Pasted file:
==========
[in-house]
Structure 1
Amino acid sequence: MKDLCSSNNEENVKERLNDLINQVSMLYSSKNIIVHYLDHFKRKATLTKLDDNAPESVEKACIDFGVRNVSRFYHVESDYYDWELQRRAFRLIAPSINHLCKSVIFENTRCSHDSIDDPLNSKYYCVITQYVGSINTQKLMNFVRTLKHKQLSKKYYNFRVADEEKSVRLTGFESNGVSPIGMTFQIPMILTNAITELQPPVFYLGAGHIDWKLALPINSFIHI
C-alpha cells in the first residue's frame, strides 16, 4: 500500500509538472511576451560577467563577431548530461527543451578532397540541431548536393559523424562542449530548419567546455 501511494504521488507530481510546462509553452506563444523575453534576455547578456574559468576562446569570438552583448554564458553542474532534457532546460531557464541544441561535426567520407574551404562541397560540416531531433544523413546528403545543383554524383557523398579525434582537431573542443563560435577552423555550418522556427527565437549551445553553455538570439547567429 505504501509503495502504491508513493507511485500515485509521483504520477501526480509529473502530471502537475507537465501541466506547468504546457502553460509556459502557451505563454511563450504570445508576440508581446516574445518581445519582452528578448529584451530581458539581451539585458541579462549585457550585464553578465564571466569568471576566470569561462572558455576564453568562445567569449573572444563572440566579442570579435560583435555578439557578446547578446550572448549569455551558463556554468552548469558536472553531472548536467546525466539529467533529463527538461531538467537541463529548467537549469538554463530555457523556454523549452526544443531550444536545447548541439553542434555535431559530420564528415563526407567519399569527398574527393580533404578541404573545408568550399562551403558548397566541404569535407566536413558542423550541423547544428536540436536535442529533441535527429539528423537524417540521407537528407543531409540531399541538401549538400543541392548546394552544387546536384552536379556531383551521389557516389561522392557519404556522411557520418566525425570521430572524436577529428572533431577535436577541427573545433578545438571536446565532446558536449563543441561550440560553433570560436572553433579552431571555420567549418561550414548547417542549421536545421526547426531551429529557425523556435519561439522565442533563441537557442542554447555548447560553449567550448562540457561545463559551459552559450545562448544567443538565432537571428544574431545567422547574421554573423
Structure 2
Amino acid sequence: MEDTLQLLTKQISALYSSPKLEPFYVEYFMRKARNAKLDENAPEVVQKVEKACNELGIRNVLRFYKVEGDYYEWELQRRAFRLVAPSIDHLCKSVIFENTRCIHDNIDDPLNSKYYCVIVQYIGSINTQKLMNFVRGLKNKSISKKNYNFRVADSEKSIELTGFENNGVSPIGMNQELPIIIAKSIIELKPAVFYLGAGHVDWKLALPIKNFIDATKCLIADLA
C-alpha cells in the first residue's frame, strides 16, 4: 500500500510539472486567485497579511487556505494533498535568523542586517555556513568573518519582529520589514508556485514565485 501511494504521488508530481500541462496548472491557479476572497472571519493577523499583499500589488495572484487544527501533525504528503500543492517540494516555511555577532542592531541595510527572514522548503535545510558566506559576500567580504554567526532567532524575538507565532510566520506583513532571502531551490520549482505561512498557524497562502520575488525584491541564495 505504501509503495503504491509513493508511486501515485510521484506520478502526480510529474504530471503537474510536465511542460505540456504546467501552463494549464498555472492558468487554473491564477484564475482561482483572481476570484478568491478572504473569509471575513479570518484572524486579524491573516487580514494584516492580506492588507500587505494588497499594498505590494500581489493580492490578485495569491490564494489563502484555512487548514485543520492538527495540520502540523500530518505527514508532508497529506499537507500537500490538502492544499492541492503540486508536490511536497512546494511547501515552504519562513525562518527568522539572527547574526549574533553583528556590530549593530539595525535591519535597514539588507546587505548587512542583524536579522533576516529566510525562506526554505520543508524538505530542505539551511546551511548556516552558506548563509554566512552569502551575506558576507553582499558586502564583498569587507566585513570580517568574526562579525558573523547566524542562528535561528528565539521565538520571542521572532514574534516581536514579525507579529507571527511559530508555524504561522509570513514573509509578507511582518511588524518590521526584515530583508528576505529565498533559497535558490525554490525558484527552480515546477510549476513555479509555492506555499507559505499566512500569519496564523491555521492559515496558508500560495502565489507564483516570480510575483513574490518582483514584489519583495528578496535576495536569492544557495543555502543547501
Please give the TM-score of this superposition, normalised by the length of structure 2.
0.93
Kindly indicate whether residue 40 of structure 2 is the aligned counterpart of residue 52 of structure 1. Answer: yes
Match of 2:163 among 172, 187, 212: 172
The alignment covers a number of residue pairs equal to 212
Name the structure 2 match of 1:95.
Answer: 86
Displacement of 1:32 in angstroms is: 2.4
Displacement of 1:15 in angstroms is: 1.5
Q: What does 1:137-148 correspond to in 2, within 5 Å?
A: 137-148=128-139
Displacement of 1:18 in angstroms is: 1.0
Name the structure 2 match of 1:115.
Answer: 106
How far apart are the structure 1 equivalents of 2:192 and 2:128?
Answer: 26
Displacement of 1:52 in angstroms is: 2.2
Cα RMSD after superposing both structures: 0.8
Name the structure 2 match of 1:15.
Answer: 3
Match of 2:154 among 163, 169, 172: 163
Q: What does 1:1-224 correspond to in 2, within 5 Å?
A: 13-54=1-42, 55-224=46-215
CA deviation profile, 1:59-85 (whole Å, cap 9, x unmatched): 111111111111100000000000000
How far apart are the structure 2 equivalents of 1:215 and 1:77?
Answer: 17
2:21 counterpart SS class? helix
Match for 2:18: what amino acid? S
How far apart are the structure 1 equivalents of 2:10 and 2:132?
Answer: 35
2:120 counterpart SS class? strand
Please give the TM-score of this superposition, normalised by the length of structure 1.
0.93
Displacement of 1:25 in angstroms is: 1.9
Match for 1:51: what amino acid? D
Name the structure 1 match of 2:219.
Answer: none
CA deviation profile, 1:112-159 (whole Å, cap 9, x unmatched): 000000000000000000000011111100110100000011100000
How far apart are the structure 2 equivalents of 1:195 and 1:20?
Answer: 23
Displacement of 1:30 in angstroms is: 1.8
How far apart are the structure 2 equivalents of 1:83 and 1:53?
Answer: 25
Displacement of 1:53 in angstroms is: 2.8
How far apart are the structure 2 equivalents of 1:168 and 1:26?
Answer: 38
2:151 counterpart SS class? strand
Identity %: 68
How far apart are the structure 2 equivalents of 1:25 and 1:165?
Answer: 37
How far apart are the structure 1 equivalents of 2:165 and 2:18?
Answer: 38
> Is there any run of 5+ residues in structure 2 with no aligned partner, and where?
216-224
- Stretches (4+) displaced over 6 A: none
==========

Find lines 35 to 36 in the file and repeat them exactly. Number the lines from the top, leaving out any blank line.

Match for 2:18: what amino acid? S
How far apart are the structure 1 equivalents of 2:10 and 2:132?